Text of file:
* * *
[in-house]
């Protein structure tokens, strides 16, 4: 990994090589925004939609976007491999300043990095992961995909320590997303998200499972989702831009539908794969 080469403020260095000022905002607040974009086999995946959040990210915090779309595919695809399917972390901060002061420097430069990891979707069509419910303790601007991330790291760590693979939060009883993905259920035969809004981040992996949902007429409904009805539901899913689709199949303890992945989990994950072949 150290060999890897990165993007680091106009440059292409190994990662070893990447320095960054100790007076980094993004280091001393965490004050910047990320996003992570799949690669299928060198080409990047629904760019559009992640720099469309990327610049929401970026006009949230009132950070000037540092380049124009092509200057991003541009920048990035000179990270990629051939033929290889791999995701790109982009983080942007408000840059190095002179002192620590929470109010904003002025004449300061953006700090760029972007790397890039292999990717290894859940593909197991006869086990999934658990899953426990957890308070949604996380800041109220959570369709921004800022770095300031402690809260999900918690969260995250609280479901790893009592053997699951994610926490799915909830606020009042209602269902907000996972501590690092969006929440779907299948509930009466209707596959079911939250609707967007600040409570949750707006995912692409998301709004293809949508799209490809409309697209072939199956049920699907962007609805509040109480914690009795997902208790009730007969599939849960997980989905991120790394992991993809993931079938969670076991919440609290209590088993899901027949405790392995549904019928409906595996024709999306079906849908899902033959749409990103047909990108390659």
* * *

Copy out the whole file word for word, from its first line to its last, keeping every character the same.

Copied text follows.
[in-house]
């Protein structure tokens, strides 16, 4: 990994090589925004939609976007491999300043990095992961995909320590997303998200499972989702831009539908794969 080469403020260095000022905002607040974009086999995946959040990210915090779309595919695809399917972390901060002061420097430069990891979707069509419910303790601007991330790291760590693979939060009883993905259920035969809004981040992996949902007429409904009805539901899913689709199949303890992945989990994950072949 150290060999890897990165993007680091106009440059292409190994990662070893990447320095960054100790007076980094993004280091001393965490004050910047990320996003992570799949690669299928060198080409990047629904760019559009992640720099469309990327610049929401970026006009949230009132950070000037540092380049124009092509200057991003541009920048990035000179990270990629051939033929290889791999995701790109982009983080942007408000840059190095002179002192620590929470109010904003002025004449300061953006700090760029972007790397890039292999990717290894859940593909197991006869086990999934658990899953426990957890308070949604996380800041109220959570369709921004800022770095300031402690809260999900918690969260995250609280479901790893009592053997699951994610926490799915909830606020009042209602269902907000996972501590690092969006929440779907299948509930009466209707596959079911939250609707967007600040409570949750707006995912692409998301709004293809949508799209490809409309697209072939199956049920699907962007609805509040109480914690009795997902208790009730007969599939849960997980989905991120790394992991993809993931079938969670076991919440609290209590088993899901027949405790392995549904019928409906595996024709999306079906849908899902033959749409990103047909990108390659």